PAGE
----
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Boko Haram suspected after Emir of Kano’s mosque bombed

Two bombs exploded at the mosque of one of Nigeria‘s top Islamic leaders Friday, a week after he issued a call to arms to fight Boko Haram.

The blasts happened at the Grand Mosque in Kano, the biggest city in the Muslim north of the country, just as Friday prayers had got under way at about 2:00 pm (1300 GMT). The mosque is attached to the palace of the Emir of Kano, Nigeria‘s second most senior Muslim cleric.

The explosions came after civilian vigilantes in the northeastern city of Maiduguri said they foiled a bomb attack against a mosque, five days after two female suicide bombers killed over 45 people in the city.

KANO  BOMBING—Victims of the Kano suicide bombing and some of the affected buses yesterday as smoke billowed from the bus park.
File: KANO BOMBING—Victims of the Kano suicide bombing and some of the affected buses yesterday as smoke billowed from the bus park.

“Two bombs exploded, one after the other, in the premises of the Grand Mosque seconds after the prayers had started,” worshipper Aminu Abdullahi said.

“A third one went off in a nearby road close to the Qadiriyya Sufi order. The blasts were followed by gunshots by the police to scare off potential attacks.”

His account was backed up by another witness, Hajara Tukur, who said she lives nearby.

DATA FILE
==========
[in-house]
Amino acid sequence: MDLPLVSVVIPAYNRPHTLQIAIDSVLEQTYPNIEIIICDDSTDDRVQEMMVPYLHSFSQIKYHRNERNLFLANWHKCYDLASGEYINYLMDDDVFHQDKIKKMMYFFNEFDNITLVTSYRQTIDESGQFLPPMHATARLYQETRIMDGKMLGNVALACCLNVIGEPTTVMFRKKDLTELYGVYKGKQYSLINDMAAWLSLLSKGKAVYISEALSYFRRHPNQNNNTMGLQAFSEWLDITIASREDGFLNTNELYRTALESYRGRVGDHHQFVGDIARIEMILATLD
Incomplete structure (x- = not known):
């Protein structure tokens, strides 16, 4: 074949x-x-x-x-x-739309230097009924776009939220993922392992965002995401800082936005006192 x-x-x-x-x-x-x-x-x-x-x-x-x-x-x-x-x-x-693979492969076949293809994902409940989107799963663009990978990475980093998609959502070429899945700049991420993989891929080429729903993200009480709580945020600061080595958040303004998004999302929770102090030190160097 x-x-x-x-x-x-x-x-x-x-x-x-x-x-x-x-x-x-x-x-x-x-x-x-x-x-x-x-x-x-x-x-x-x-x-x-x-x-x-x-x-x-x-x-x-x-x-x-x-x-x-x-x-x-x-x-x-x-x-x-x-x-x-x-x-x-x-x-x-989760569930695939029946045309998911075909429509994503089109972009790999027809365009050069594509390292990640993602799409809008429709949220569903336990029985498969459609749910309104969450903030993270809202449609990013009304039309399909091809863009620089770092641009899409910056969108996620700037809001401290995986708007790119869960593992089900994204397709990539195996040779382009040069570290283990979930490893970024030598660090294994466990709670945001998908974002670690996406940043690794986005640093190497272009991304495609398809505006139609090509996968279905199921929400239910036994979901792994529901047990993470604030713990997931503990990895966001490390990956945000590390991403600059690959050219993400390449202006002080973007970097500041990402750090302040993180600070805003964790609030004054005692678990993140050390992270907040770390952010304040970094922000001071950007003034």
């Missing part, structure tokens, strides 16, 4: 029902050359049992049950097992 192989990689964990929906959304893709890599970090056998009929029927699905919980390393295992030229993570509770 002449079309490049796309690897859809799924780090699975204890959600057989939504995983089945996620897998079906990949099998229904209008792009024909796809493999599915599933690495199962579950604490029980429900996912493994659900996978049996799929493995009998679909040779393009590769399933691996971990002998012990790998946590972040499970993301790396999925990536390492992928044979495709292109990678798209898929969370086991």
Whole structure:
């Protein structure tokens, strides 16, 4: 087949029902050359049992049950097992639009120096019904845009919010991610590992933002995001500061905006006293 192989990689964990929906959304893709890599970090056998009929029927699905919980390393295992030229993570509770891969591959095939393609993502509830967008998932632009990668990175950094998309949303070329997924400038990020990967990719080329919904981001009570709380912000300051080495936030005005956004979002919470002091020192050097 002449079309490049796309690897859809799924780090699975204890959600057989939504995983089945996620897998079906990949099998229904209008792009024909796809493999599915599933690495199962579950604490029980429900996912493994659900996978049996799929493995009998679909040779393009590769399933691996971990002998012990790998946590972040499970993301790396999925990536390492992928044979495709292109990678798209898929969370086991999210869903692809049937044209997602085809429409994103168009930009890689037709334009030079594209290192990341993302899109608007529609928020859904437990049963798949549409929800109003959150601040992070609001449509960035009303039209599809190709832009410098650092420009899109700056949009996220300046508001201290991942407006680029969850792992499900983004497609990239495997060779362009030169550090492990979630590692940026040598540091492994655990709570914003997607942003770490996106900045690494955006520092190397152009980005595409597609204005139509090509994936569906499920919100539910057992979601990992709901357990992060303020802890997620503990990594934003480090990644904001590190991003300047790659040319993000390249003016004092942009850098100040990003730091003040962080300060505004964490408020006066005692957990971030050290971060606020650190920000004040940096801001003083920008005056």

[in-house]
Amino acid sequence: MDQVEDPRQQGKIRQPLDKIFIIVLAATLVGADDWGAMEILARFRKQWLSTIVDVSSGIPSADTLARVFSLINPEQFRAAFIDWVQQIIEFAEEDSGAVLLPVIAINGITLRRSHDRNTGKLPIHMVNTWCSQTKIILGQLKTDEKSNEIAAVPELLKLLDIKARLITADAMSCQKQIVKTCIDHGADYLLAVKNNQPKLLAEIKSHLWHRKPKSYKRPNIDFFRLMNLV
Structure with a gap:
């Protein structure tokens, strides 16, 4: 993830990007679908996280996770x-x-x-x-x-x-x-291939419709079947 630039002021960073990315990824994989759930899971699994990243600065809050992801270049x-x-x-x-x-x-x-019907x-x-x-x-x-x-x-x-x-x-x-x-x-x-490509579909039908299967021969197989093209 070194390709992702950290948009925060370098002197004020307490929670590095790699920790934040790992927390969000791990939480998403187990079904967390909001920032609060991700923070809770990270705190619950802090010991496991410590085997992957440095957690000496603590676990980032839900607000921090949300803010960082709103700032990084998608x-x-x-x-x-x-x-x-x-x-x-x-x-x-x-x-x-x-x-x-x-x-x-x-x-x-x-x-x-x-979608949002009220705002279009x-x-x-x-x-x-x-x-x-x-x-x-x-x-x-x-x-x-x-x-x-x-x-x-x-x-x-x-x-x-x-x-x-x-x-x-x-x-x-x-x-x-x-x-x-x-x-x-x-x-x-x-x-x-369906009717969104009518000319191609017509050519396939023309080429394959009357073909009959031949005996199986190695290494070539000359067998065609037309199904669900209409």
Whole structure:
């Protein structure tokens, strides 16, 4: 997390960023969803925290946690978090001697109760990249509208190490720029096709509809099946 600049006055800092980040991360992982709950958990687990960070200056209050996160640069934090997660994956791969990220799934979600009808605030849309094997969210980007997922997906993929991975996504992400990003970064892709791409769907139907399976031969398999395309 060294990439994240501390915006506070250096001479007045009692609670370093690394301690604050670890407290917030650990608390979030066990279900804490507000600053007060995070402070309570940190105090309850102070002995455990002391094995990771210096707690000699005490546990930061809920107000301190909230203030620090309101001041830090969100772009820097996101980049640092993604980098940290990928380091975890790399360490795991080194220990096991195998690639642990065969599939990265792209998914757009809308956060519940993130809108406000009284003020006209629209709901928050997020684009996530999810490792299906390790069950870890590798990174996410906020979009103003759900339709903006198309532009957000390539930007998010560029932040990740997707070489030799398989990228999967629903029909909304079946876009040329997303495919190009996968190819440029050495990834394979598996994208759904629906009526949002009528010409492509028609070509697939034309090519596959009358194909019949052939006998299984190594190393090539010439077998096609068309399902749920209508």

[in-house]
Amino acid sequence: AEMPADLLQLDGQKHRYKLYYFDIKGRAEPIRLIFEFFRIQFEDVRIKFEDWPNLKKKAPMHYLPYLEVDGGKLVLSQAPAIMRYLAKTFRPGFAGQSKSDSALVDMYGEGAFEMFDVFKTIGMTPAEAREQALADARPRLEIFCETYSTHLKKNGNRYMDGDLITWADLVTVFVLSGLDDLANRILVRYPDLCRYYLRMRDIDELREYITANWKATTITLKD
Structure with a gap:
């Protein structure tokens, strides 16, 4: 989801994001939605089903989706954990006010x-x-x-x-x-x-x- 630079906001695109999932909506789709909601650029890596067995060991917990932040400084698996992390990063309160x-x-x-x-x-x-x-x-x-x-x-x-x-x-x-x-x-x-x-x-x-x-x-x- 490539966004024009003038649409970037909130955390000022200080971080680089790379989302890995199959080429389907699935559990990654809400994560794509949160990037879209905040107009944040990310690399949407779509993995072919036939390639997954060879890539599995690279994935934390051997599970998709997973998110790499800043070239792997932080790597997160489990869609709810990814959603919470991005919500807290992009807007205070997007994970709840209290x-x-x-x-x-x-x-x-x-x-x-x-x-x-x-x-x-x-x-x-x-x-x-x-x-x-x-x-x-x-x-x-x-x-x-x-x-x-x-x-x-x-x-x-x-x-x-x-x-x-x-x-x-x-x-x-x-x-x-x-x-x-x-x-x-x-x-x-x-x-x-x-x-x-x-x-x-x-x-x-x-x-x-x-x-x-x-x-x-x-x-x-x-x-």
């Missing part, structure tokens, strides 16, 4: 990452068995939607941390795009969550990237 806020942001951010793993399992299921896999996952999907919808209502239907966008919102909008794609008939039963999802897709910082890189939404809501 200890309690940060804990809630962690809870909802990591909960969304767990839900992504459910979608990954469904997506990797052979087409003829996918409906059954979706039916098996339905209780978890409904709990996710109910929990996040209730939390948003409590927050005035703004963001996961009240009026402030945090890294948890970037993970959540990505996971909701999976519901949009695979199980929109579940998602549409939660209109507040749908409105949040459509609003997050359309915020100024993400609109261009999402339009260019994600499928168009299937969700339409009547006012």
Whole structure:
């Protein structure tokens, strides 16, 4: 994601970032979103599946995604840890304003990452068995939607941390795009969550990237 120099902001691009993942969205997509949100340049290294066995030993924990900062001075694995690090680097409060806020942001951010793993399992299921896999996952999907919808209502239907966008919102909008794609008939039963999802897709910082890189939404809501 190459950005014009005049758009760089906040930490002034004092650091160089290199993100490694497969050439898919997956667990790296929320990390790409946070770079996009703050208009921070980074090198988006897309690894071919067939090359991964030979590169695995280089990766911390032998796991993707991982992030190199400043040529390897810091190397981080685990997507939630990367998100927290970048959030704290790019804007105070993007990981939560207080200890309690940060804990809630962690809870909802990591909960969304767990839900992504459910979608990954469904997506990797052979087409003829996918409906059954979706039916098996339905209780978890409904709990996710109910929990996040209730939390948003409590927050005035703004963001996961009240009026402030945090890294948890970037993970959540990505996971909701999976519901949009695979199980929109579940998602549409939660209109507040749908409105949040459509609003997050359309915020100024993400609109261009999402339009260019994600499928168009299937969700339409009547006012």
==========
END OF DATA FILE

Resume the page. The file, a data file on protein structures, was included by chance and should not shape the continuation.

National police spokesman Emmanuel Ojukwu told AFP he was waiting for a briefing from officers at the scene and declined further comment. There was no official word on casualties.

The emir, known officially as Muhammad Sanusi II, last week said at the same mosque that northerners should take up arms against Boko Haram, which has been fighting for a hardline Islamic state since 2009.

He also cast doubt on Nigerian troops’ ability to protect civilians and end the insurgency, in rare public comments by a cleric on political and military affairs.

– Influential figure –

The Emir of Kano is a hugely influential figure in Nigeria, which is home to more than 80 million Muslims, most of whom live in the north.

Officially the emir is the country’s number two cleric, behind the Sultan of Sokoto, and any attack could inflame tensions in Nigeria’s second city, which is an ancient seat of Islamic study.

Sanusi was named emir earlier this year and is a prominent figure in his own right, having previously served as the governor of the Central Bank of Nigeria.

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